Attainment gap for looked after children “unacceptably wide”

31/05/2012

Some of Scotland’s most vulnerable children continue to fall behind in education despite measures being put in place to support them, according to a report published today by the Scottish Parliament’s Education and Culture Committee.

Scottish Government figures show that levels of attainment for many looked after children, in terms of their exam results, are very low in comparison with other children. While 56% of school leavers gained five or more qualifications, only 4.7% of children looked after away from home and 0.5% of children looked after at home achieved the same results.

Committee Convener Stewart Maxwell MSP said:

“We are all aware of the challenges that looked after children face. Since devolution there have been a range of policies aimed at improving the educational attainment of such children. However, it is clear that the current system for supporting looked after children could be improved and that the attainment gap remains unacceptably wide. In particular, the committee was told that those children who are looked after at home face particular disadvantages.

“During the inquiry it became clear that there is a sensitive and difficult balance to be struck between supporting families at home and intervening to remove children from harmful situations. That is why we have agreed to hold a further, detailed inquiry into this area.”
  
In addition to the commitment to holding a further inquiry, the committee made several detailed recommendations to address this complex issue including:

  • the particular needs of looked after children should be considered in the Scottish Government’s early years strategy and its national parenting strategy;
  • there should be a nationwide effort to ensure that volunteers can play a greater role in supporting looked after children, complementing the work of trained professionals;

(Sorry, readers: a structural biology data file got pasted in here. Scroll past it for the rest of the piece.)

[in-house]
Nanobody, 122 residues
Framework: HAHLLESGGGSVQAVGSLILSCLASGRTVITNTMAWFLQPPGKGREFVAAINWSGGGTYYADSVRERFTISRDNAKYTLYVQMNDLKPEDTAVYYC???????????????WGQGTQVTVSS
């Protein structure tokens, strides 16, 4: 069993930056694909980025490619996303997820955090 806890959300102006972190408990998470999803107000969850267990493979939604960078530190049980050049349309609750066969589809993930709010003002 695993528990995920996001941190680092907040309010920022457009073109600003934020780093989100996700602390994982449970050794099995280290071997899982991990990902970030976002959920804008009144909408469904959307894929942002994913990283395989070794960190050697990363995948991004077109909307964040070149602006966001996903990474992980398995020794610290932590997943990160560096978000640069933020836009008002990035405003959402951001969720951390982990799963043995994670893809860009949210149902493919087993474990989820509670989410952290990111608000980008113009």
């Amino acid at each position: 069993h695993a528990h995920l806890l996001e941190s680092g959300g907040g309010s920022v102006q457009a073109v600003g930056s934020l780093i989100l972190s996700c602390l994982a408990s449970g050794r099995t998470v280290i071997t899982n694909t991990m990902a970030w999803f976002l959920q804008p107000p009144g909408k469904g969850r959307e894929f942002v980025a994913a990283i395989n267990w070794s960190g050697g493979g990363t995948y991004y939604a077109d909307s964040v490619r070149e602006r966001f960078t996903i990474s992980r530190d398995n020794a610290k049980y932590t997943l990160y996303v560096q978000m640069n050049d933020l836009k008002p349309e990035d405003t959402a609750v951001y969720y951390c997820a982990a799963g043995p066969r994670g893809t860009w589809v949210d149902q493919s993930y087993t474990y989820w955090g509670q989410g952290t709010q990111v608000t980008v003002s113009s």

• there should be a nationwide means of recording looked after children’s wider educational achievements, rather than focussing solely on their exam results; and
  • better training on the particular needs of looked after children should be provided to all relevant children’s services professionals. 

Background

Looked after children are those either living at home under a supervision requirement or those who have been placed by a local authority in kinship, foster or residential care.

It is estimated that there are approximately 16,000 looked after children in Scotland with nearly 5,500 children looked after at home

In an innovate approach to the inquiry, the committee held a debate in the Chamber before publishing its report in order to get the views and experiences of all Members. The committee also held a major event with those who work at the front line with looked after children, in an effort to get practical solutions to the problems faced by looked after children.

The committee also heard from a wide range of organisations during oral evidence sessions including Children 1st, Association of Directors of Social Work in Scotland and the Scottish Government.

The five key themes examined during the inquiry were:

  • Readiness to learn
  • Support at school
  • Implementation of existing policies and legislation
  • Joint working
  • Resources

Inquiry into the educational attainment of looked after children